Kevin FitzGerald is a connector.
A thinker, introducer, doer and force for good in our community, Kevin has learned how to use his many relationships in many segments of our community to simply connect people to do good things. That concept sounds so simple, but it is actually both a rarity and critically needed in today’s disconnected, communicate-by-a-handheld-device society.
Bestselling author and social commentator Malcolm Gladwell gives a more specific meaning to calling people like Kevin “connectors.” He notes in his book, “The Tipping Point,” that connectors are “a handful of people with a truly extraordinary knack for making acquaintances.” He further explains that their ability to connect others and make things happen is due to “their ability to span many different worlds, is a function of something intrinsic to their personality, some combination of curiosity, self-confidence, sociability, and energy.” With that description, it is clear that Kevin is a connector. In addition to his volunteer work as a member of the board of Falmouth’s hometown baseball team, the Falmouth Commodores, Kevin and his wife, Nancy, provide shelter for local students who need a place to live and support many local charities.
So when Kevin reached out to me with a topic for a column, I knew that this connector had something to share. He provided me information on the son of a former colleague of his wife who has made some movies and seen some success as a film director. The Falmouth connection was there. He shared that the director is now working on a film that examines an important issue with a local angle. The film, “Black Ice,” explores the impact of a rash of suicides on an affluent Massachusetts community and how the community responds. The film’s writer, Jake Miskin, is now sponsoring an event to raise both funds ad awareness for The Samaritans, a leading provider of suicide-prevention services. Kevin has seen his share of suicide, including members of his own family, so he is also passionate about this connection. On February 26 from 6:30 to 9 PM, “Bowling on Black Ice” will occur at Howling at the Moon at Patriot Place. All proceeds will benefit The Samaritans. More information is available at: www.eventbrite.com/e/bowling-on-black-ice-samaritans-of-boston-tickets-89361060337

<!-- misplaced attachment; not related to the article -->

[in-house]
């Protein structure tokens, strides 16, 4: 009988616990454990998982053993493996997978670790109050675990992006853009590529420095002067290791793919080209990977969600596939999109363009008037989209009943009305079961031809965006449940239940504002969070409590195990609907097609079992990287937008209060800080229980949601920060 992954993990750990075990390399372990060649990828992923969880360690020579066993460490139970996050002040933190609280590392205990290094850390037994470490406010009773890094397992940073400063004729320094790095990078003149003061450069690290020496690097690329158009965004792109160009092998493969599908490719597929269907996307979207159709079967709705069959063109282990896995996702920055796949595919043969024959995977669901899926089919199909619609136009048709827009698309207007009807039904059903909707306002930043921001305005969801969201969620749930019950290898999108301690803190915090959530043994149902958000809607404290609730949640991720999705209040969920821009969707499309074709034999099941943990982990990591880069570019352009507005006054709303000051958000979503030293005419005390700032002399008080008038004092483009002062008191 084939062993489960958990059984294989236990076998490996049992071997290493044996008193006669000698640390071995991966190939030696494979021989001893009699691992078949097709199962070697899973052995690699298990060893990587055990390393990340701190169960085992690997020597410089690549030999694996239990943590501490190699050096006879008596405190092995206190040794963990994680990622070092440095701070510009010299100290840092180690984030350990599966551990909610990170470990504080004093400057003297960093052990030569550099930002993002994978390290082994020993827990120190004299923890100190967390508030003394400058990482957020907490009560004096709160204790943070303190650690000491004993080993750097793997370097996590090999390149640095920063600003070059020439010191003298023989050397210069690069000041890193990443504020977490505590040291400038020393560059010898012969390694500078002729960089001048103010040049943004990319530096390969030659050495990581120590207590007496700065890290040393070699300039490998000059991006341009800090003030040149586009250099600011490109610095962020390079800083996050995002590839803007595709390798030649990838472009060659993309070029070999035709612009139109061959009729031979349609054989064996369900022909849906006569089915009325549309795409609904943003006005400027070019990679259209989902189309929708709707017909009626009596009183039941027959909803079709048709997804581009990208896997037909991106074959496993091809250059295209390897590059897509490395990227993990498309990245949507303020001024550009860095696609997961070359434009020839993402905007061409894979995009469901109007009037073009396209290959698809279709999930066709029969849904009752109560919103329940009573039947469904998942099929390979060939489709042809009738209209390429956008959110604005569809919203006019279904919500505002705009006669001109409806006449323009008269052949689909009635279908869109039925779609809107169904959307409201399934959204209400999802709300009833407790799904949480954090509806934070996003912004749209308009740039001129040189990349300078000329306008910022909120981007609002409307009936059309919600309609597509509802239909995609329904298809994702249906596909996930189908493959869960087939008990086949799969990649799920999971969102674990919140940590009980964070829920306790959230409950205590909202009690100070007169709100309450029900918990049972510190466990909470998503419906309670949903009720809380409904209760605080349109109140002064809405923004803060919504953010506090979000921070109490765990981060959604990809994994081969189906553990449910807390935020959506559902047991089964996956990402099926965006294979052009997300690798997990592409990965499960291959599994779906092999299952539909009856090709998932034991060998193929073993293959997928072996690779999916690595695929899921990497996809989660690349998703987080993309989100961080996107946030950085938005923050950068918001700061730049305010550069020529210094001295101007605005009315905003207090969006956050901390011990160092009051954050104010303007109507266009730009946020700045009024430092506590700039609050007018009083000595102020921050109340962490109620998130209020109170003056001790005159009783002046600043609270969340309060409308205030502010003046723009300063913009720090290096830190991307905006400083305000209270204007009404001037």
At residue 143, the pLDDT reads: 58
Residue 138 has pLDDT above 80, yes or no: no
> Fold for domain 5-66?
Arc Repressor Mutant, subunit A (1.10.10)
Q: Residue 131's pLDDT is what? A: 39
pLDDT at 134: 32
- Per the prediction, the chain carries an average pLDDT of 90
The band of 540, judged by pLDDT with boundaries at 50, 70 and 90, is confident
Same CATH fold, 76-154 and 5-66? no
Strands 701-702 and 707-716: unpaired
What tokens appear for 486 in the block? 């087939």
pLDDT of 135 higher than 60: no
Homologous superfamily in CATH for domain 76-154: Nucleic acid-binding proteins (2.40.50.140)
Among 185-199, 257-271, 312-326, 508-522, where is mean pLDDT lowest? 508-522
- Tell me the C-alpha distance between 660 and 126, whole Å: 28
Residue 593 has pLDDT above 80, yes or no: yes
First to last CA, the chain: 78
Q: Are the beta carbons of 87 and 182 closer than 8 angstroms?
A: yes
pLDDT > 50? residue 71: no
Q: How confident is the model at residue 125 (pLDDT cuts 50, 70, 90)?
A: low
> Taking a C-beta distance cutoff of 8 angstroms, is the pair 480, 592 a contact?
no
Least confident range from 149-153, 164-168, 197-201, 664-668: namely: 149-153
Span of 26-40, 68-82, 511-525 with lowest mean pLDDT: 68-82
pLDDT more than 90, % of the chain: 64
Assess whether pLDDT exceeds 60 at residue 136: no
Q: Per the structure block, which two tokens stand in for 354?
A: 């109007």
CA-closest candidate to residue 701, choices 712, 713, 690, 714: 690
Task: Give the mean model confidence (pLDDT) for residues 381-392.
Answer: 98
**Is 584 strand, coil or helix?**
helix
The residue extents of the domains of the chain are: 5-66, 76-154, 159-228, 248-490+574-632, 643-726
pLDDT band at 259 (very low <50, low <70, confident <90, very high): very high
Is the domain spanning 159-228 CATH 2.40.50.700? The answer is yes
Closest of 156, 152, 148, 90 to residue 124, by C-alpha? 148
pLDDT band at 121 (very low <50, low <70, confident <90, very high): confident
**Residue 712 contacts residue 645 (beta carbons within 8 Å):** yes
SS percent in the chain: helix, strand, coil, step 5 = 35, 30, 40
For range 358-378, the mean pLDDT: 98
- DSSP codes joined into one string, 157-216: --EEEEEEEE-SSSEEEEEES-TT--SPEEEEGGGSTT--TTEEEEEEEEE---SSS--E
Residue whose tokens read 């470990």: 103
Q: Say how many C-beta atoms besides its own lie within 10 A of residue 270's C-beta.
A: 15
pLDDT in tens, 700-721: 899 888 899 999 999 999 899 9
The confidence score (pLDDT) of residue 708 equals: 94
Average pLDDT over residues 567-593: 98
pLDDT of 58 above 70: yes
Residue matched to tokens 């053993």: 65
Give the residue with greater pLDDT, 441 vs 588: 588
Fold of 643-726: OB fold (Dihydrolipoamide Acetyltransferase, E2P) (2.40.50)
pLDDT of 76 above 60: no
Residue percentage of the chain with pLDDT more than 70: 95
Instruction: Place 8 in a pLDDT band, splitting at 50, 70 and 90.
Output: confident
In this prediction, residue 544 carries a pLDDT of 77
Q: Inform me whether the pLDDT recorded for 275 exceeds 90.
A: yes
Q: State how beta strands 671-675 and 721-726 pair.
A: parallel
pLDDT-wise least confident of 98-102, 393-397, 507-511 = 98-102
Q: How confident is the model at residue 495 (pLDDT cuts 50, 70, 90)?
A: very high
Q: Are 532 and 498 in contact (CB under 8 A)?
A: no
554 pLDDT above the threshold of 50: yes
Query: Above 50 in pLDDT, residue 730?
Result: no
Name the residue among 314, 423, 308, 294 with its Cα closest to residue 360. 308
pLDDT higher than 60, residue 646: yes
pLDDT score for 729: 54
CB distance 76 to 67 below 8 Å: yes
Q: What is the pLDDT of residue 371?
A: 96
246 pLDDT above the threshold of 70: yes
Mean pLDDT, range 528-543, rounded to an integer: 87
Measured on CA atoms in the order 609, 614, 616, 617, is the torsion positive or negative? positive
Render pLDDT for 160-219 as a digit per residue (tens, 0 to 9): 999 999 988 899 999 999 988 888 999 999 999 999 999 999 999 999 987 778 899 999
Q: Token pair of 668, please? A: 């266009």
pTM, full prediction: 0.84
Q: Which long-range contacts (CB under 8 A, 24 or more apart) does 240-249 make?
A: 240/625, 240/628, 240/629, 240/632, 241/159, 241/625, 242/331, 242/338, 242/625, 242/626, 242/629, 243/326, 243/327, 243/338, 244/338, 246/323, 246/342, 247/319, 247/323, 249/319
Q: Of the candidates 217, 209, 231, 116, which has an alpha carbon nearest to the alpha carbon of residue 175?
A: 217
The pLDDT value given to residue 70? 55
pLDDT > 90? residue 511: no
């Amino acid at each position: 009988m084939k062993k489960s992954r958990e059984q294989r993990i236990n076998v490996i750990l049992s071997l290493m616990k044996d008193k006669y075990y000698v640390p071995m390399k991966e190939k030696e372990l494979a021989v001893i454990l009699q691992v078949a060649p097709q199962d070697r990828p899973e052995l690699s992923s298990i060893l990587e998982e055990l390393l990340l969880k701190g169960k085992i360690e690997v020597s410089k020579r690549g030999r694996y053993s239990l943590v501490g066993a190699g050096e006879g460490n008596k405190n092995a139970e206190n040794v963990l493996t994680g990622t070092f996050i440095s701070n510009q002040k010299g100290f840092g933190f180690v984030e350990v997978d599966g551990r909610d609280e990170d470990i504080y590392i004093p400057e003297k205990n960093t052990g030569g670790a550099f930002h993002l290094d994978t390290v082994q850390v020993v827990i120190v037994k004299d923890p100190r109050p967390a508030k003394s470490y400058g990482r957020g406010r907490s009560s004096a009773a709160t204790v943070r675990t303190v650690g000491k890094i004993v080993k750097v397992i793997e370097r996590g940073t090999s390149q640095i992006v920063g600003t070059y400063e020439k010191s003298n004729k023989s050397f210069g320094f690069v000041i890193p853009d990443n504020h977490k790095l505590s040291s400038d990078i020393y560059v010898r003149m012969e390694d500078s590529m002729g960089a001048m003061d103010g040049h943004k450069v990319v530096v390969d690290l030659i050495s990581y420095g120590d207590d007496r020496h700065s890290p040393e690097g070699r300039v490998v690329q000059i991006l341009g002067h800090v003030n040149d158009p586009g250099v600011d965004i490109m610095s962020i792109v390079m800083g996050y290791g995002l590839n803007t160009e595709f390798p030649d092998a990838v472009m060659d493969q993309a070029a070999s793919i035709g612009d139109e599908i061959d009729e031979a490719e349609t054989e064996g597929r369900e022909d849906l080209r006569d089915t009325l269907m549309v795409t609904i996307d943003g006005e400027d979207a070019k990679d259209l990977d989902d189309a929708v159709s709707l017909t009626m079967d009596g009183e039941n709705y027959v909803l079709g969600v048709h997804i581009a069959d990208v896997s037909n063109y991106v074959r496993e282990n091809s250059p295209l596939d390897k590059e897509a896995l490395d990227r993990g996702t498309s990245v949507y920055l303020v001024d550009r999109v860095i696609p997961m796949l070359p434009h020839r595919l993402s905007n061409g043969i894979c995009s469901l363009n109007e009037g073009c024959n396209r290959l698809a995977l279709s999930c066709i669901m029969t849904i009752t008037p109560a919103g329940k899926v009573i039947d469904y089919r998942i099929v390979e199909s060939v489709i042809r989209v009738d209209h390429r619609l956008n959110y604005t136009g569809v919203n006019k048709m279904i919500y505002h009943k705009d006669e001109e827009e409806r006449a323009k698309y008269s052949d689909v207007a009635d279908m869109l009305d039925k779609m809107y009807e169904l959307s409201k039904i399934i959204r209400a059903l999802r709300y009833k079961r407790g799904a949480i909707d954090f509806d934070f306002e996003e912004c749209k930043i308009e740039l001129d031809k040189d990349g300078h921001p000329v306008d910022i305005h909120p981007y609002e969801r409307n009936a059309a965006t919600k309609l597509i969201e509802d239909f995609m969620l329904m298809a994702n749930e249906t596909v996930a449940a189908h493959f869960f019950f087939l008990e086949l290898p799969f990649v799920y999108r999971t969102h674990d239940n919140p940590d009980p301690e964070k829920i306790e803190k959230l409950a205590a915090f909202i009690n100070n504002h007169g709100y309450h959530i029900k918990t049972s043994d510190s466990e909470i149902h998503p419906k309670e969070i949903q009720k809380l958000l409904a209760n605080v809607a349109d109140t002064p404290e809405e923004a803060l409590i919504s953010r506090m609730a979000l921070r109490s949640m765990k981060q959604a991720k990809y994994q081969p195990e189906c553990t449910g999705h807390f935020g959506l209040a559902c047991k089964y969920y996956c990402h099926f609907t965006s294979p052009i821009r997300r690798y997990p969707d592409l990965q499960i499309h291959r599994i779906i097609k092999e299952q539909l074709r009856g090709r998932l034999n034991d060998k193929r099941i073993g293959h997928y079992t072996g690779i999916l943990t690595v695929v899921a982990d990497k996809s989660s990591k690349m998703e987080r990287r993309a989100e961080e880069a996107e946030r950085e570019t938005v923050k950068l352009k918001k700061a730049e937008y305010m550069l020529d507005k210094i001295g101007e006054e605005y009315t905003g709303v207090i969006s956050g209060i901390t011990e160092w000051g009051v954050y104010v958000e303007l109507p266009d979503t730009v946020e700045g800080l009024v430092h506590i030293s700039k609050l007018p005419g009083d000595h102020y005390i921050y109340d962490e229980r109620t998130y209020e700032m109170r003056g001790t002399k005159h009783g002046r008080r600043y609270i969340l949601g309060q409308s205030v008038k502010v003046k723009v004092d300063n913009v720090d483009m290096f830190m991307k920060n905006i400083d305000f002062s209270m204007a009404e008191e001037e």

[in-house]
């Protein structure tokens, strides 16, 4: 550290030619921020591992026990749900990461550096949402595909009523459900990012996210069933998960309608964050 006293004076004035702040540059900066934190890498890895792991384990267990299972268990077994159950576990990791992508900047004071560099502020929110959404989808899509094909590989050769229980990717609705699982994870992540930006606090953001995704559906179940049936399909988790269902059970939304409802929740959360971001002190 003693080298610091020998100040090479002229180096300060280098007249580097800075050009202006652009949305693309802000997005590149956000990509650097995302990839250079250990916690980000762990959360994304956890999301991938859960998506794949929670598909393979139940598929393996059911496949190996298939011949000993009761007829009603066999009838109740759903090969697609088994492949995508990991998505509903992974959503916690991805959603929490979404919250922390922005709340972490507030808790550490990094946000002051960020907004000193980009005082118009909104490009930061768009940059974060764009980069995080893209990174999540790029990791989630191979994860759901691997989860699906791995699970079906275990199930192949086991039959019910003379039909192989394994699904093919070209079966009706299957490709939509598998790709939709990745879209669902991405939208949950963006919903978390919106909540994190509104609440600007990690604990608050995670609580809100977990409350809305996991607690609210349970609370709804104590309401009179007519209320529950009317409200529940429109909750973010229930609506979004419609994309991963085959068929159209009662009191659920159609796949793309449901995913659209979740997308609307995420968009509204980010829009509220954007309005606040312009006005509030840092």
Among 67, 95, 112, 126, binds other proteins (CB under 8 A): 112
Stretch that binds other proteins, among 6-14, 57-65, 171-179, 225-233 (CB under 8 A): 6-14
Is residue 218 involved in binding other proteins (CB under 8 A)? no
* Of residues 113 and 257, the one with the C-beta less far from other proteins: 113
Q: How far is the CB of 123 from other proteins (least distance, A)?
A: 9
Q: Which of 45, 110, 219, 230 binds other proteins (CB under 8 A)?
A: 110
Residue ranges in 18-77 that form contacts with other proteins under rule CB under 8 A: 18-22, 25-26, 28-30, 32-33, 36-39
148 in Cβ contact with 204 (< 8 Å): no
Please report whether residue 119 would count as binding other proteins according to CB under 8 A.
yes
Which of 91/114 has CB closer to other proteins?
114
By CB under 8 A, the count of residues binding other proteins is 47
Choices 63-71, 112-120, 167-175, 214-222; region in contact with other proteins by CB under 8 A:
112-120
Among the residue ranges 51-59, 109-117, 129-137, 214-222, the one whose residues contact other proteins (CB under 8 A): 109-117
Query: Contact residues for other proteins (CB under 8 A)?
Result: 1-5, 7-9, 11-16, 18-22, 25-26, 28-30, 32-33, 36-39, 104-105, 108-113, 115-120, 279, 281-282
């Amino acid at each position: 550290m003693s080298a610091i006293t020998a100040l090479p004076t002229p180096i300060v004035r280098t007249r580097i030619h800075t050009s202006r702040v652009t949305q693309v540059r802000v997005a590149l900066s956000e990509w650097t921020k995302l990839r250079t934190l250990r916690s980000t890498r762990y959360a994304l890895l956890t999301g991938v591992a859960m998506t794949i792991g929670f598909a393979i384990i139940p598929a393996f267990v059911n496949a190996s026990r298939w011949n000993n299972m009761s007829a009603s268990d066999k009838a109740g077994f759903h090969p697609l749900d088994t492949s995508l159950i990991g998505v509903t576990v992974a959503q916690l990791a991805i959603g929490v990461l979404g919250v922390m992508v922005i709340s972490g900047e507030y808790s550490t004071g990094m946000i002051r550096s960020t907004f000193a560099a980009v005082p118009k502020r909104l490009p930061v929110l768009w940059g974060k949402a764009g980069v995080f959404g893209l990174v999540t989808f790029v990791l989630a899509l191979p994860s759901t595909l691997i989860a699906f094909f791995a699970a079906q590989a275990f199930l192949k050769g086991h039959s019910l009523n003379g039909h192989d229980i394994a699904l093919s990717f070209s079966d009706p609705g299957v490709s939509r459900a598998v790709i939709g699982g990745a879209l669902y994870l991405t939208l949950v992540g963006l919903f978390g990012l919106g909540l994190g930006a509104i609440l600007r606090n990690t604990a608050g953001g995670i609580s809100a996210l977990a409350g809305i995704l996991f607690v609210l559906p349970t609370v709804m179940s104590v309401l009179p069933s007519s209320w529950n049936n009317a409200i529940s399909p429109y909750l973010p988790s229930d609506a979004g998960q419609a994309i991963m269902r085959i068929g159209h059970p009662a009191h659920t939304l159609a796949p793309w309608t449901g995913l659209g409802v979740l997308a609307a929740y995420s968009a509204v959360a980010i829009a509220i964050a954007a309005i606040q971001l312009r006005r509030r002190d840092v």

This was a great connection. And like a true connector, Kevin’s connection led me to another Falmouth connector. “Black Ice”’s director is Clenet Verdi-Rose, a Falmouth native who moved to Los Angeles in 2005 and has enjoyed significant success in the film industry, directing several award-winning films. His mom, Peg Verdi, is a connector herself. A longtime educator and volunteer in Falmouth before also moving to California, Peg was one of Falmouth’s leading connectors during her long and meaningful tenure with the Falmouth Public Schools and her volunteer work throughout the community. Her boundless energy and commitment to multi-media learning for students and adults alike rightfully earned her a reputation as one of Falmouth’s finest citizens. She surely possesses Gladwell’s important qualifications of sociability and energy, and is surely a connector.
Clenet has excelled in his role as a film director. Examples of his work can be found on his website at www.clenetverdirose.com. From television commercials to feature films to fun food videos with celebrity chefs and kids, this immensely talented storyteller is making Falmouth proud. His 2014 film, “Sand Castles,” won 13 awards, including many for best feature film, at film festivals all over the world. His important and relevant work is not only entertaining audiences, it is raising important issues for our collective consideration and action. His work on “Black Ice” is the latest project getting us to think, and hopefully to connect. Films entertain. Relevant films entertain and teach. Truly important films entertain, teach and get us to think. Clenet Verdi-Rose already has a couple of those on his filmmaking résumé. He is a connector, as well.
Kevin summed up his connector role in a simple way. “To feel good, do good,” he noted, sharing an oft-referenced psychological phenomenon that encapsulates his outlook on life. He’s right. Kevin’s role as a connector led me to the feel-good story of his friend Peg Verdi who is a connector, which led me to the amazing work of her son, Clenet Verdi-Rose, who connects people all over the world. Stories like that may be shared via social media, but they are understood, they are felt when shared from person to person.
Do good. Feel good. Be a connector.